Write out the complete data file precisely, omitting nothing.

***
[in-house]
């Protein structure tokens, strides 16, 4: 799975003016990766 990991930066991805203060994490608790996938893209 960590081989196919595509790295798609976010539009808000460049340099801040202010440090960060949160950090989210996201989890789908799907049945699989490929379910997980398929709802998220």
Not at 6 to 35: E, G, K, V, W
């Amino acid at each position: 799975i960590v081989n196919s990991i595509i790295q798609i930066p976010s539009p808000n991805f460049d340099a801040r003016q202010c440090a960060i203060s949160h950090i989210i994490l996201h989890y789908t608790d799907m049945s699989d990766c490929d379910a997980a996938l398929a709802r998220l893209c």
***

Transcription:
[in-house]
């Protein structure tokens, strides 16, 4: 799975003016990766 990991930066991805203060994490608790996938893209 960590081989196919595509790295798609976010539009808000460049340099801040202010440090960060949160950090989210996201989890789908799907049945699989490929379910997980398929709802998220």
Not at 6 to 35: E, G, K, V, W
């Amino acid at each position: 799975i960590v081989n196919s990991i595509i790295q798609i930066p976010s539009p808000n991805f460049d340099a801040r003016q202010c440090a960060i203060s949160h950090i989210i994490l996201h989890y789908t608790d799907m049945s699989d990766c490929d379910a997980a996938l398929a709802r998220l893209c």